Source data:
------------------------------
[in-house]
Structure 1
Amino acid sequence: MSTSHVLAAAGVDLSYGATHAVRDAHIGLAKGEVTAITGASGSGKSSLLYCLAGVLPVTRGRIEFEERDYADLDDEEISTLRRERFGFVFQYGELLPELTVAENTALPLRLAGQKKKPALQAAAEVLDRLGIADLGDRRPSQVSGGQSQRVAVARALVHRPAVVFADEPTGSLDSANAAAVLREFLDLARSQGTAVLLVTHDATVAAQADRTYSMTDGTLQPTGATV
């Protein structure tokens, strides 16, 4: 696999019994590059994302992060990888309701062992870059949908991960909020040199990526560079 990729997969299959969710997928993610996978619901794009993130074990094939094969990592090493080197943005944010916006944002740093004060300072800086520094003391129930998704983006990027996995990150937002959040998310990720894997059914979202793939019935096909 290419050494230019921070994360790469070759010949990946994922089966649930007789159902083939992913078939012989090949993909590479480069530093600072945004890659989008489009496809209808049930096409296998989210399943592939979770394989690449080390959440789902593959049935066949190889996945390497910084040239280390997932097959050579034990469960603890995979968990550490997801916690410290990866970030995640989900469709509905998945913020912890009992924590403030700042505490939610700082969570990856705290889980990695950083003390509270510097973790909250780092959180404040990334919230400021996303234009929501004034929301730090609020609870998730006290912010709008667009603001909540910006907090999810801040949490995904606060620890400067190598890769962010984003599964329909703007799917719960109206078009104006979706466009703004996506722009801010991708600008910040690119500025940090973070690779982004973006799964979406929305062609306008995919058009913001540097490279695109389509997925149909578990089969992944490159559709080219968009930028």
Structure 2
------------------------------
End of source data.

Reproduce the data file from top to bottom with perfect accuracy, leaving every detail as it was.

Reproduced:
[in-house]
Structure 1
Amino acid sequence: MSTSHVLAAAGVDLSYGATHAVRDAHIGLAKGEVTAITGASGSGKSSLLYCLAGVLPVTRGRIEFEERDYADLDDEEISTLRRERFGFVFQYGELLPELTVAENTALPLRLAGQKKKPALQAAAEVLDRLGIADLGDRRPSQVSGGQSQRVAVARALVHRPAVVFADEPTGSLDSANAAAVLREFLDLARSQGTAVLLVTHDATVAAQADRTYSMTDGTLQPTGATV
């Protein structure tokens, strides 16, 4: 696999019994590059994302992060990888309701062992870059949908991960909020040199990526560079 990729997969299959969710997928993610996978619901794009993130074990094939094969990592090493080197943005944010916006944002740093004060300072800086520094003391129930998704983006990027996995990150937002959040998310990720894997059914979202793939019935096909 290419050494230019921070994360790469070759010949990946994922089966649930007789159902083939992913078939012989090949993909590479480069530093600072945004890659989008489009496809209808049930096409296998989210399943592939979770394989690449080390959440789902593959049935066949190889996945390497910084040239280390997932097959050579034990469960603890995979968990550490997801916690410290990866970030995640989900469709509905998945913020912890009992924590403030700042505490939610700082969570990856705290889980990695950083003390509270510097973790909250780092959180404040990334919230400021996303234009929501004034929301730090609020609870998730006290912010709008667009603001909540910006907090999810801040949490995904606060620890400067190598890769962010984003599964329909703007799917719960109206078009104006979706466009703004996506722009801010991708600008910040690119500025940090973070690779982004973006799964979406929305062609306008995919058009913001540097490279695109389509997925149909578990089969992944490159559709080219968009930028």
Structure 2